The fight to protect net neutrality

Net neutrality is quickly becoming a concern for people all across the country, so now state and local government officials are looking for ways to keep the internet an open platform.

Posted: Jan 25, 2018 6:10 PM
Updated: Jan 25, 2018 6:16 PM

The internet was designed to be an open platform where all legal traffic on the internet is treated equally. Internet providers have the ability to slow, block, or speed up content that goes over the web. While the ability to do this exists, providers hadn’t slowed the internet speeds down until movie provider Netflix started streaming video’s online.
Utica College’s Anthony Martino, Director North East Cyber Security and Forensic Center explains what happened next.

"In exchange for speeding that back up, the internet service providers made Netflix pay a fee directly to them. So the internet service providers were then getting paid from the content provider and from the consumer who used their service."

The Federal Communications Commission ruled last month that the net neutrality rules were a government over reach. That means service providers have to power to charge individual customers higher rates, as well as throttle down internet speeds for others. That has anyone who uses the internet concerned, but the ruling has internet providers concerned too.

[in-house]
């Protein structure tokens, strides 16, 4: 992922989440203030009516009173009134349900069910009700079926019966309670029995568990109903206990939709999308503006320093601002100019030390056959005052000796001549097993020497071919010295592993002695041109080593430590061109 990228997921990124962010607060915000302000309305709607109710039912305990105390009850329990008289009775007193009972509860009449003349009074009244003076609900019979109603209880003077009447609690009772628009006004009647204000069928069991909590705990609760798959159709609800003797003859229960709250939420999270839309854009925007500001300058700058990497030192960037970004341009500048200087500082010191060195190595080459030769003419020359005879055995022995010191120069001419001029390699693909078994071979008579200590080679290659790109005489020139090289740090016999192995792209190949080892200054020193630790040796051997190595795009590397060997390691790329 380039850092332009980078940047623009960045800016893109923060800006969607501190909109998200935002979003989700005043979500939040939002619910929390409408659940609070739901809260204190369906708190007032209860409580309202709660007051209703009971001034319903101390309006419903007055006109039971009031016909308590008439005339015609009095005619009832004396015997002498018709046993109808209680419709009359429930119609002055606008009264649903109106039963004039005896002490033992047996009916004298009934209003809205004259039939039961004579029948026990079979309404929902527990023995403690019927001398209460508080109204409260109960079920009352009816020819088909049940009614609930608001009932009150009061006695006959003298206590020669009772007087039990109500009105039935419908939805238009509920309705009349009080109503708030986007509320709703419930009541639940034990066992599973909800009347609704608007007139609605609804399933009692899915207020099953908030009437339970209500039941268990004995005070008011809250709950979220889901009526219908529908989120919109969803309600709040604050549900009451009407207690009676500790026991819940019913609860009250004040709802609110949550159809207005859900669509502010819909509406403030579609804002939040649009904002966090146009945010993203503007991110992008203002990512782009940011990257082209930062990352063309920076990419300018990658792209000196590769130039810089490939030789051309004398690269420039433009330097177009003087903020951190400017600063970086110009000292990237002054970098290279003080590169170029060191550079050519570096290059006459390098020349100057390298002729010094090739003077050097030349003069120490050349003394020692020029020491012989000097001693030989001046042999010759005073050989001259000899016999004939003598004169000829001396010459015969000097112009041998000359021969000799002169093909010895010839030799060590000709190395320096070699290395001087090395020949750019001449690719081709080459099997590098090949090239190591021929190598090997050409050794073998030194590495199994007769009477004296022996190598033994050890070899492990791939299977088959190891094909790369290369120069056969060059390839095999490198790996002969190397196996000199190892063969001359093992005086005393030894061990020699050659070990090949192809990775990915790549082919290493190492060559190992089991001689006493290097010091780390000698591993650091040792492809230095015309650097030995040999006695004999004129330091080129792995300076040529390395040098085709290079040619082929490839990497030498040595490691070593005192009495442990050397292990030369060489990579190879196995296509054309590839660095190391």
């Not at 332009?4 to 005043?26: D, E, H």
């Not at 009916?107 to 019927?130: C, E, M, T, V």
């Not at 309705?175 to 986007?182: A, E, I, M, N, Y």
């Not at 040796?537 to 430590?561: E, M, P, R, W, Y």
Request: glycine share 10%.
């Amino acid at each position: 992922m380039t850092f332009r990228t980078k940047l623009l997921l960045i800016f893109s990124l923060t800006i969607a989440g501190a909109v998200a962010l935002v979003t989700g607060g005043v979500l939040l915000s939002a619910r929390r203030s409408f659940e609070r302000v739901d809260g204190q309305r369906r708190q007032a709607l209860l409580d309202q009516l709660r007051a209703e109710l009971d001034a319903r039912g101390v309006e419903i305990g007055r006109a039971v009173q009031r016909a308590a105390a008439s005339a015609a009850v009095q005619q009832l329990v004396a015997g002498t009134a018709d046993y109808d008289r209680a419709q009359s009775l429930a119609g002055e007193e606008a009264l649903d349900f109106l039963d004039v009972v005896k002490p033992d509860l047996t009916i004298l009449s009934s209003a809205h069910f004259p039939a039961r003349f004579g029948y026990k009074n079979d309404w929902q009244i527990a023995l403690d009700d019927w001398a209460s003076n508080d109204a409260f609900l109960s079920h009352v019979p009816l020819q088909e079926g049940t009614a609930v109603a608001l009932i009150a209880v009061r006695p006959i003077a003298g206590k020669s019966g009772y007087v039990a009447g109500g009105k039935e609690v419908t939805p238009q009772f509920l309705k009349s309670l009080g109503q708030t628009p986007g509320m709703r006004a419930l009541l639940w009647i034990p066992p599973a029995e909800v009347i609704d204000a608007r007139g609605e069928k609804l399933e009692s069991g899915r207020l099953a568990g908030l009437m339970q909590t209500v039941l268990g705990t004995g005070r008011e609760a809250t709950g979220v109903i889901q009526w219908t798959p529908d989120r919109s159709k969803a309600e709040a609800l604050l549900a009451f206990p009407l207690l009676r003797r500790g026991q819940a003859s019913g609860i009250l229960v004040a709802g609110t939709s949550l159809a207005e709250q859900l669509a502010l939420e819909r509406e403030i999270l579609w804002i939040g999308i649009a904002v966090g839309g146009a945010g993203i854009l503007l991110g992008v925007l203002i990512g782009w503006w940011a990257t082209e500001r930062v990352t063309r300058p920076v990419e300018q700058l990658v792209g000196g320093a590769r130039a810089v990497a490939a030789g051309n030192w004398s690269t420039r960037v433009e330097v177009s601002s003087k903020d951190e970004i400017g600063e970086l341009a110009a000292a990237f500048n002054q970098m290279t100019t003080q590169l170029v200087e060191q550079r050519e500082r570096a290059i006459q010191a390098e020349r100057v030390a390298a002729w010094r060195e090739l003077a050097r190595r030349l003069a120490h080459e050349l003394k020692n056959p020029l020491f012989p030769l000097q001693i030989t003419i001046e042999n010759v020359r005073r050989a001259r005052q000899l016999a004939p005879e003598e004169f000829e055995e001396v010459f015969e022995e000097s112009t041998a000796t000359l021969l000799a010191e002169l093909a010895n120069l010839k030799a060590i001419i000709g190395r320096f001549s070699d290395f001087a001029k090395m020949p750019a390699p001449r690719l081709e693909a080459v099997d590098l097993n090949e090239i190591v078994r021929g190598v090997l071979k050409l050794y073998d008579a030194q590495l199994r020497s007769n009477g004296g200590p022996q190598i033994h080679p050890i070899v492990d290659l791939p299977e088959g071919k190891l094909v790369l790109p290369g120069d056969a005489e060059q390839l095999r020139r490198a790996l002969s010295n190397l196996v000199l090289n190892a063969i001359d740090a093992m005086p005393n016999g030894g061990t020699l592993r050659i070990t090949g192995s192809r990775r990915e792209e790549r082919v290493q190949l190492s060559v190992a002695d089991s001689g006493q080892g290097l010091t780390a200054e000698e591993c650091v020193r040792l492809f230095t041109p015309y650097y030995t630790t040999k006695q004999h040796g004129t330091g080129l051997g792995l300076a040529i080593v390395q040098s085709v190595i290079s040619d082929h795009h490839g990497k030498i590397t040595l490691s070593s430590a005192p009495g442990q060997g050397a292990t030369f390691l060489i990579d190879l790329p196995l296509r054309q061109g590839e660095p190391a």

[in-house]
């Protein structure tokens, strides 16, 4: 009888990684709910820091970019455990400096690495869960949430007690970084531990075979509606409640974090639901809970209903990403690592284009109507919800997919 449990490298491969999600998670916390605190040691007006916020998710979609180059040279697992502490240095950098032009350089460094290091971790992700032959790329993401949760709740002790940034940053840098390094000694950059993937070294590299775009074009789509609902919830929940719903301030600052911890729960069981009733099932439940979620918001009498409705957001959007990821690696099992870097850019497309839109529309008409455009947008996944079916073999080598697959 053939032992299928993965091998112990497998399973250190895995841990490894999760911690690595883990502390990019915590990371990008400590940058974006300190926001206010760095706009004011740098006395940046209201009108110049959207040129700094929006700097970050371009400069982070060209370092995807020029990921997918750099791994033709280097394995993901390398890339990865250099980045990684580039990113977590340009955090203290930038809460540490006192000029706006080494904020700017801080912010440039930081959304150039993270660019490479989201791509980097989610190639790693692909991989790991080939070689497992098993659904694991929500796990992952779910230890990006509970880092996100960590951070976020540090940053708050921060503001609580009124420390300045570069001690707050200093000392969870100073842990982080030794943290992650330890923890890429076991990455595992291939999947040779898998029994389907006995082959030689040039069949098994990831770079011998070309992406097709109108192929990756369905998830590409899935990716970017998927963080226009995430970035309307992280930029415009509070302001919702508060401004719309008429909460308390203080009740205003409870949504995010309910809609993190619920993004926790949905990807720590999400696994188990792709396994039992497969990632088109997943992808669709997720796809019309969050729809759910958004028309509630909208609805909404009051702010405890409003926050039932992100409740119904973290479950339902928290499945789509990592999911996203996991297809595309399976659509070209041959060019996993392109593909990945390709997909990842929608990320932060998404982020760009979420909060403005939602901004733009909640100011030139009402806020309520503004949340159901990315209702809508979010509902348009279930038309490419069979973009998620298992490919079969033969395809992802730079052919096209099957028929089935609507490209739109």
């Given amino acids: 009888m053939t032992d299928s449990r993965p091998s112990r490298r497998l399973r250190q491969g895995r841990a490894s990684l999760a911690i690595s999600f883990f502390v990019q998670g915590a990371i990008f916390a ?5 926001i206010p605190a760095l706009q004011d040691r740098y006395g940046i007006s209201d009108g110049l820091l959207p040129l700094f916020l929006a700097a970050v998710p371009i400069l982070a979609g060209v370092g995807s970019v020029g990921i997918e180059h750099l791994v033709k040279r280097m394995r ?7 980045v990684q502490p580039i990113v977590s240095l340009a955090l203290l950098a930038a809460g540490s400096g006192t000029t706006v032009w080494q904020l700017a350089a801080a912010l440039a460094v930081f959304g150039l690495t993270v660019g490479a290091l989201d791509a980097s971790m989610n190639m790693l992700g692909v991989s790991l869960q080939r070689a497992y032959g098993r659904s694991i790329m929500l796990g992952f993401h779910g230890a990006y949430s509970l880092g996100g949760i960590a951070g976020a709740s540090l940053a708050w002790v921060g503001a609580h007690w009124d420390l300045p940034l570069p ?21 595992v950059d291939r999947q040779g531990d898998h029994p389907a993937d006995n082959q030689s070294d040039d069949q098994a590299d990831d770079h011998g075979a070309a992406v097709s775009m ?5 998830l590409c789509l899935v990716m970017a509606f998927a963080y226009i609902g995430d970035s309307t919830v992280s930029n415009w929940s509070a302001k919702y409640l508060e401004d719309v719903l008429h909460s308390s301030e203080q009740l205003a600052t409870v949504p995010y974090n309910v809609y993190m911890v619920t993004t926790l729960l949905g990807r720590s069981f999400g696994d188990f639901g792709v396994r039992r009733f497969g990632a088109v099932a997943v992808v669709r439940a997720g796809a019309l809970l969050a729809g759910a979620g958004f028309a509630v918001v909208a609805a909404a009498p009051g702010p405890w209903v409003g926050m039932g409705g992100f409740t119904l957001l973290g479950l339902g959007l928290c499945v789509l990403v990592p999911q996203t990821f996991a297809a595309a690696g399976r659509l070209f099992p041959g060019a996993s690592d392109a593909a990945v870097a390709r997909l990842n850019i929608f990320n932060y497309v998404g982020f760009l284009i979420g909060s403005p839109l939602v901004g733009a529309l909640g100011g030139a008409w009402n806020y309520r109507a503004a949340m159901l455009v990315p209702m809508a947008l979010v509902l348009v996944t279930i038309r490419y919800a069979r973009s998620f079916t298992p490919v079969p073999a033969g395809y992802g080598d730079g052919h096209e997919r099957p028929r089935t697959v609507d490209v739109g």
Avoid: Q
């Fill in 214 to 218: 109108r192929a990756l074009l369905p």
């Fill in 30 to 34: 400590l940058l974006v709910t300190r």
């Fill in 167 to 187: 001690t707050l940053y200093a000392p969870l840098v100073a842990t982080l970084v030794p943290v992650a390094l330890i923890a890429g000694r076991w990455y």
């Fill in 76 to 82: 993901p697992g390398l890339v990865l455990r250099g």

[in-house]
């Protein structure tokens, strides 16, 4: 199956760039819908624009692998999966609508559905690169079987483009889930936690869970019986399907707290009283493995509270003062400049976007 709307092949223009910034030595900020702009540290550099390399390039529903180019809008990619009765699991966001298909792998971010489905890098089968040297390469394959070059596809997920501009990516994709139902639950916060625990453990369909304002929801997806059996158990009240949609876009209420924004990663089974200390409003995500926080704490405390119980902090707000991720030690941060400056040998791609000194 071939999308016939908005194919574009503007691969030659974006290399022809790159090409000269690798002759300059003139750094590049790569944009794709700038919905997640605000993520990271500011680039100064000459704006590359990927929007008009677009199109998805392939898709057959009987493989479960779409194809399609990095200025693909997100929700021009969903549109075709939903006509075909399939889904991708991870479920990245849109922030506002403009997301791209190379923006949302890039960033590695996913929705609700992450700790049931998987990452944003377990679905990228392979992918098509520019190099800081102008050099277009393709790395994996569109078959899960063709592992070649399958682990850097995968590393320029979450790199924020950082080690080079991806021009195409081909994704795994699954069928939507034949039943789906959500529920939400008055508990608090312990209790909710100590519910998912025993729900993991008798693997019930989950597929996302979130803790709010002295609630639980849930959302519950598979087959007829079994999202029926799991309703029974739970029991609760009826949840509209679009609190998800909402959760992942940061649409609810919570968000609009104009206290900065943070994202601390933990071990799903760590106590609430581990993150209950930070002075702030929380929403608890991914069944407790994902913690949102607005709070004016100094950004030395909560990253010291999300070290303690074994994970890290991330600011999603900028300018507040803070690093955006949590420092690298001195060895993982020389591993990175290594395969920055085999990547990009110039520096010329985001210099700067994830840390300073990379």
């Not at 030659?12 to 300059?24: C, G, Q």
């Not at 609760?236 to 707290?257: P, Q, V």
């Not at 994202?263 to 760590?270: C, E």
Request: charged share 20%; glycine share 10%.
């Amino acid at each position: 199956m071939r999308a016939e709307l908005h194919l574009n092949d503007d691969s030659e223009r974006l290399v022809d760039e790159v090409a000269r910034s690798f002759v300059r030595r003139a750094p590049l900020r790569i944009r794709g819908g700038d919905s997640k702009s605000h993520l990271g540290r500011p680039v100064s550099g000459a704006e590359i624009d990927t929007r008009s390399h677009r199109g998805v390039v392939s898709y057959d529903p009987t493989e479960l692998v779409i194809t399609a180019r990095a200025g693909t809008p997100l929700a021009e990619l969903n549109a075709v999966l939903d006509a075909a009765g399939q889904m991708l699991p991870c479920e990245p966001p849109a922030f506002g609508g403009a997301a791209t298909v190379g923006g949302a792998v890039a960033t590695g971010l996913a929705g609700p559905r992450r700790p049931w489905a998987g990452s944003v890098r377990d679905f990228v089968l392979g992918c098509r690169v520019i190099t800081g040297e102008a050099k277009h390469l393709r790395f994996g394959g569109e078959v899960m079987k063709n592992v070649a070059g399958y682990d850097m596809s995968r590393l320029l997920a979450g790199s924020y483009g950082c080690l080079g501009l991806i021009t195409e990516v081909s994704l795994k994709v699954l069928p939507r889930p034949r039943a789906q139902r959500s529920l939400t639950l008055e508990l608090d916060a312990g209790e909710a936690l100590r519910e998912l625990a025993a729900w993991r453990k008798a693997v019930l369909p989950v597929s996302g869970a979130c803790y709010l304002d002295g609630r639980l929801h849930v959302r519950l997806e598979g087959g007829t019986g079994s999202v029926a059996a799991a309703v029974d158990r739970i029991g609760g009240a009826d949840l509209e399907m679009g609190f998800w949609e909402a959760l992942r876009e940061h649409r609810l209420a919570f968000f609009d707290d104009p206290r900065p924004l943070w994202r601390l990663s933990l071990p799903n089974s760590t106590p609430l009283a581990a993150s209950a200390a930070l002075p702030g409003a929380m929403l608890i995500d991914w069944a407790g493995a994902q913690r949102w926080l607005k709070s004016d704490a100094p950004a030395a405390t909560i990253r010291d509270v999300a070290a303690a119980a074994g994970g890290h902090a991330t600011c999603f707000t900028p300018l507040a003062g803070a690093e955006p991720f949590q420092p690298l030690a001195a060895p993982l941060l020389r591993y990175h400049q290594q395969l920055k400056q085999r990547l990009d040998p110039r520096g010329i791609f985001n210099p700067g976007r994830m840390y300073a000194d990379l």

"AT&T was one of the companies pushing to repeal net neutrality. Now they’re pushing that congress should make a legislative solution, permanent solution because the States are starting to take up the issues themselves."

Governor Cuomo signed an executive order in an effort to protect New York from net neutrality rules, but it didn’t protect local governments and school districts. Assemblyman Anthony Brindisi (119th Assembly District) is co-sponsoring legislation that goes beyond the Governor’s action.

"For one thing the executive orders can be challenged in court, and if this law passes it will become permanent. The legislation I am sponsoring with my colleges is also broader and requires net neutrality for internet service providers doing business with public school districts and local governments."

While the fight for net neutrality will probably be fought in the courts, Martino says don’t count out the power of local governments.

"I think this will be the next battleground. I think you could see cities, towns, villages, counties coming forth as these agreements renew and say we’ll renew you, but only on these terms. You’re going to abide by net neutrality for all of our citizens or you’re out. "

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